I tried my best to shoot the spine or shoulder area but have not stoned any Doggie to date. Doggies never seems to stop or at least stall to see something or check something out (so far in my limited experience ), it is always swimming. The bigger one looks like it swim slow, maybe because of the size but the smaller one are like raibow runners swimming speed. I read in a science journal that Tuna, I don't know if this applies to all tuna, has to move one body length per second to have enough oxygen for the gills. The shot I did miss the spine only by 3/4". Since it was deeper than me, the exiting point of the shaft was near the belly on the other side (starboard). I was lucky that the fish has a few tough tendons that hold the ice pick slip tip, or else it will be lost. It was dead when pulled up..... belly up. Look at the damage the slip tip did to the flesh on the photo below. That big torn flesh was the entry point. Since my reel line was stuck at some rocks below, judging from the damage flesh, the Doggie was trying to escape by swimming up, thus the cut of the flesh was downwards from point of entry near that small side fin. I have underestimated the size of this Doggie, I thought it was half smaller.

Thanks for the concern;). I understand the DCS problem and so on. In my JBL days at deep wrecks, I do 175 feet trying to nail Snappers and Jacks with 20 minute deco. At least two dive a day.
Those days are over and I try to be as shallow as possible for maximum bottom time. I wasn't prepared well for this new found spot. A float with 200 feet float line will be the tools this coming Saturday. My reel will take a long rest. It is the size of the fish that overwhelm me and lacking grounds for a hand hold. By the way it spooled my 150 feet line in a blink and drag me until the line got stuck at the rock, I have to use a float line. Give me another 2 fishes of this size, I should get my excitement level in lower gear.....:D

PICTURE OF THE WOUND DETAILS : Entry point 3/4" below the spinal cord.
Last edited:
This is the fish in discussion.
Notice exit damage wound at lower belly.

At this size the power is amazing, I have never been dragged underwater this fast before.

It is just so sad that their playground is rather deep. If they hang around at 100' and with 120 feet flat bottom....it's a real party time.
Congratulations , Boet ; that's a beaut !!!
Hell , with the tourism dropoff due to the war and the SARS virus I think I should come pay a visit ...:head
Lovely stuff Iya ; good move on getting a floatline .
No kiddin' beaut fish!! :p

I'm half hoping that the current situations with the war, SARS, and 13 yr old trimix cert'd divers, that I might forget about coming home after the next week, find a stretch of sand and prop up a palm frond...

Sa-weeeeet fish, Iya! :D

Congrats and glad you're still with us. :)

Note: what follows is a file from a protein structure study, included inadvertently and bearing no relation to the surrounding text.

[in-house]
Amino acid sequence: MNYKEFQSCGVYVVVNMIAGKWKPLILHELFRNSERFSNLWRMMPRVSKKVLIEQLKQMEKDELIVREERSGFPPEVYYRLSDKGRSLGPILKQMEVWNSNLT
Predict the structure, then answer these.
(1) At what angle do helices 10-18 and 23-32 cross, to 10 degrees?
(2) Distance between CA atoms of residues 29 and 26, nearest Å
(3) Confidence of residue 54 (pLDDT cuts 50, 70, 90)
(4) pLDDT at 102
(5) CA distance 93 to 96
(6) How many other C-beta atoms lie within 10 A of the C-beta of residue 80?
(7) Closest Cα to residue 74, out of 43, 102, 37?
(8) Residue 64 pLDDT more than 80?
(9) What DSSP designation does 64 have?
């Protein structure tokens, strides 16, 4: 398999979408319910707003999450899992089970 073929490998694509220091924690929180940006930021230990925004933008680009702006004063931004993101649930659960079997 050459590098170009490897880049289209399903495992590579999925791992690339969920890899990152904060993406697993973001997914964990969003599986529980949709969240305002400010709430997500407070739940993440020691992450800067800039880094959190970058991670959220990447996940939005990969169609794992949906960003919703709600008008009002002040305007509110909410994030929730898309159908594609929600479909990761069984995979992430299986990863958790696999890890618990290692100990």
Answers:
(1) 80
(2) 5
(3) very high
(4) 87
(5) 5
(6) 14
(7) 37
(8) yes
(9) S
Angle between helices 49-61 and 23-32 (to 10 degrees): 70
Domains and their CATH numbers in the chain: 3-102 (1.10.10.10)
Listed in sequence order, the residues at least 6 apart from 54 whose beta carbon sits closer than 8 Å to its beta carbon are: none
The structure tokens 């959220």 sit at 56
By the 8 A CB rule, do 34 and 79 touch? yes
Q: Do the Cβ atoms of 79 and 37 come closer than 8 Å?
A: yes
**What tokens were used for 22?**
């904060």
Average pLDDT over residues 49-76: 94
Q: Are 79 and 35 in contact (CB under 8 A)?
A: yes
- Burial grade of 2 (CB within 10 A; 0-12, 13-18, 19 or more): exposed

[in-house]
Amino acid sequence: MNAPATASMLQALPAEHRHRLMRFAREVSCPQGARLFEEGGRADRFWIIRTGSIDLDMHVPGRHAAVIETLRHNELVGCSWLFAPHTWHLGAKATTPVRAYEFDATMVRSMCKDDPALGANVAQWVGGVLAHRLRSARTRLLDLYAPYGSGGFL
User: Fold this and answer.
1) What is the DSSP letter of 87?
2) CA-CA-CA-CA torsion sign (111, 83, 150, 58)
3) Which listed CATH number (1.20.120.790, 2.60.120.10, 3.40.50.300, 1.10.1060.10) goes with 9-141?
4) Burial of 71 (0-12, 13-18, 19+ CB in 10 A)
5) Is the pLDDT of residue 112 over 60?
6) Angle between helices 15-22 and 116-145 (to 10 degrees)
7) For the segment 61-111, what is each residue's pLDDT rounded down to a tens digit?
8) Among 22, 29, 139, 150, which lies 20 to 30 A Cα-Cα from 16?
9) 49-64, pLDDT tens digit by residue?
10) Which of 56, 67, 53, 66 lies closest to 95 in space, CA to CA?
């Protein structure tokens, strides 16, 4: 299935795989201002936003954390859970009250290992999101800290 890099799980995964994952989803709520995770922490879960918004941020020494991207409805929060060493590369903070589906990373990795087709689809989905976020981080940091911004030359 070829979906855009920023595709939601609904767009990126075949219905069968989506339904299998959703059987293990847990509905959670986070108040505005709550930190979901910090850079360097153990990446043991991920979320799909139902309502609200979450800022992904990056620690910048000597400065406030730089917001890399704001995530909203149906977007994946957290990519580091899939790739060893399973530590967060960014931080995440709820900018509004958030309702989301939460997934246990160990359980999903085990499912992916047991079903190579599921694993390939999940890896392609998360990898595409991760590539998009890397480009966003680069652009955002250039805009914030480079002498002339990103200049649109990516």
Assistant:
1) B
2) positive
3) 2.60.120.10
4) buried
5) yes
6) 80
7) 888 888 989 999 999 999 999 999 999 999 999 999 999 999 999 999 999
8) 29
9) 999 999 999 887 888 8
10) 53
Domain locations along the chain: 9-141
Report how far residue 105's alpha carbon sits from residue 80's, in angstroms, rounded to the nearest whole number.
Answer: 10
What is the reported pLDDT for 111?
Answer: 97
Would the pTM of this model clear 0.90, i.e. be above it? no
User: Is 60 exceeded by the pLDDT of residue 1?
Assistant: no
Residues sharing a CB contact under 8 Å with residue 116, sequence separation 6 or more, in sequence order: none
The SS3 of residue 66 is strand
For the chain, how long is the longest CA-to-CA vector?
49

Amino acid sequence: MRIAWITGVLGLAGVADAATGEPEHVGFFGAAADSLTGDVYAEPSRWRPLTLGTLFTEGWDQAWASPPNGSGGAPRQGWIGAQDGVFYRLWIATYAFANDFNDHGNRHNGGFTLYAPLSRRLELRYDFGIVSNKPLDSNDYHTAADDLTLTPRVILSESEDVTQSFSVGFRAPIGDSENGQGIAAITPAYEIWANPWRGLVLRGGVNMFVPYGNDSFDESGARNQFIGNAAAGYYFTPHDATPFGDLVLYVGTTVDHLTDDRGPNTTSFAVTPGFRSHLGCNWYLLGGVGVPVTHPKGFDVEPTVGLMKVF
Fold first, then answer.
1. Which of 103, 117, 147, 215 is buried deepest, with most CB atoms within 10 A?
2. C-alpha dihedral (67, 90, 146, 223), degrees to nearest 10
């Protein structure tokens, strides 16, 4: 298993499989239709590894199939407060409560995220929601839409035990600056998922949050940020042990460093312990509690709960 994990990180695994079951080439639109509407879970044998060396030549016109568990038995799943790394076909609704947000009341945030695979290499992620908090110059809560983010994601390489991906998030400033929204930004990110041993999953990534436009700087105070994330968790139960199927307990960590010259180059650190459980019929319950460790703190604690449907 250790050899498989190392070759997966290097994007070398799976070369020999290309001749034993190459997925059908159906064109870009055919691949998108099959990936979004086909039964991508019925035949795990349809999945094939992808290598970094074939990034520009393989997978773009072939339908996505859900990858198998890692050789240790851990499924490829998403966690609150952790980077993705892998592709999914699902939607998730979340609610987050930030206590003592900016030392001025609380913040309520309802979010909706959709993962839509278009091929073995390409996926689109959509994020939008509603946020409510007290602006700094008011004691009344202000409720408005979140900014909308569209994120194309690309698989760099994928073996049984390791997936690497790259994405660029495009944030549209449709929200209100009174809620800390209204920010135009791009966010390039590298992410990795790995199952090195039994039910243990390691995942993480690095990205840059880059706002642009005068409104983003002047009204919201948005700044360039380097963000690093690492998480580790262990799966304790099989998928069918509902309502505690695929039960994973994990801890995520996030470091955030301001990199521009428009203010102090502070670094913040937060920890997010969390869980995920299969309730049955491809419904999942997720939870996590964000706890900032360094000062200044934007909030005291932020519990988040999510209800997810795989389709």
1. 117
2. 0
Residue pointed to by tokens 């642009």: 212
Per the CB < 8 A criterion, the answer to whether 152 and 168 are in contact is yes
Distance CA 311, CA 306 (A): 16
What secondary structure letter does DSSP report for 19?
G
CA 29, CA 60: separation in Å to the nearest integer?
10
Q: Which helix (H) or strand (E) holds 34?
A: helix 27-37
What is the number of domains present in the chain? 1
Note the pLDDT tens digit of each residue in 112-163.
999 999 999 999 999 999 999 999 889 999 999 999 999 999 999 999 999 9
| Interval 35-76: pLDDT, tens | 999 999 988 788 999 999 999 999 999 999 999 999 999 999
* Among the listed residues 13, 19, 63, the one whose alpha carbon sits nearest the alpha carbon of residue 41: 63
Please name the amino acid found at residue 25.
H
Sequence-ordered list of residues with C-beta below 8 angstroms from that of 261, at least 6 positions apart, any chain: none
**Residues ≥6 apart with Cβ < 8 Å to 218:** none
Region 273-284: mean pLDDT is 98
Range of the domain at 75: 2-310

:D :D

Let the SARS virus be over, in my country is not a problem yet...I hope never will be.

Let me study the new found location again this weekend and I will give you guys a full blown report. Looks like I do not need to go to Manado ( 2.5 hours away by flight ), I am having a sweet spot in my own back yard.

The graphic of landed catch is always improving even for the shallow sea mount but this new found deep water pinnacle is just so productive.

If you guys wanna come just let me know. We can do tank dive first for closer inspection of the terrain. Place stategic marker where is good and u guys can freedive all you like, if you can do better than 100 feet it will be a blast.

This is the Giant Trevaly landed on the new found deep pinnacle 2 hours before my Doggie :

35kg / 77 pounds. I have fished this area long time ago, this is not an uncommon size.
  • Like
Reactions: w3ac
Nice fish! Glad to hear that you are converting to a floatline on your next trip. How do those doggies taste? I noticed that their flesh is paler than that of other tuna species. Does it taste any better ie more fat/oil content? Yeah, as you can tell I love to eat fish.

Brad :martial

The Dog Tooth tuna is super yummy.....:p :p . This is also one species you hardly ever get on the market/supermarket. I notice that the bigger the Doggie get, the redder meat. When I used to sell Shashimi grade Yellowfin tuna to Japanese Restaurant , the cherry red meat is the most expensive for YF Tuna. Of course BlueFin tuna is the Cadillac of the tuna family.... tripple yummy :p :p :p .

Here is something to finger lick.
This is the Narrow Banded Spanish Mackerel ready to eat......are you hungry ? He he he. Even the Chef could not believe the meat quality. My friend got this +-25kg Mack and next day we have dinner with friends for 40 people...still lots of left over.

This is the 25kg Mack from the shallow sea mount, not the deep pinnacle If you can freedive this spot and spent say 6 hours a day, I am sure you will nail one of these if not bigger. It hangs out at 80-90 feet, well within range of most DB'ers skill. No Jhony or grey suit man to bother.............WHAT A PLACE !!!!!!!

It only took two weeks for my group previous 20kg record to be broken......my my.
Nice Ulua!!! That would be a prize catch here in the islands. Like the others said, a good shot would avoid the dangers of losing gear or getting entangled in your reel line. For a freediver, that could be tragic. Check out Hawaiiskindiver.net photo gallery for more pics of GT's (uluas) shot by local freedivers. Here in Hawaii we love catching them on rod and reel too, a better fight then when speared, and can be released for another fight on another day.
I might have a new wish list dive destination. There are no Spanish Mackerel or large doggies here in Hawaii. They are on the hit list and one day will be notched on my gun.

Brad :martial
DeeperBlue.com - The Worlds Largest Community Dedicated To Freediving, Scuba Diving and Spearfishing


ISSN 1469-865X | Copyright © 1996 - 2024 deeperblue.net limited.

DeeperBlue.com is the World's Largest Community dedicated to Freediving, Scuba Diving, Ocean Advocacy and Diving Travel.

We've been dedicated to bringing you the freshest news, features and discussions from around the underwater world since 1996.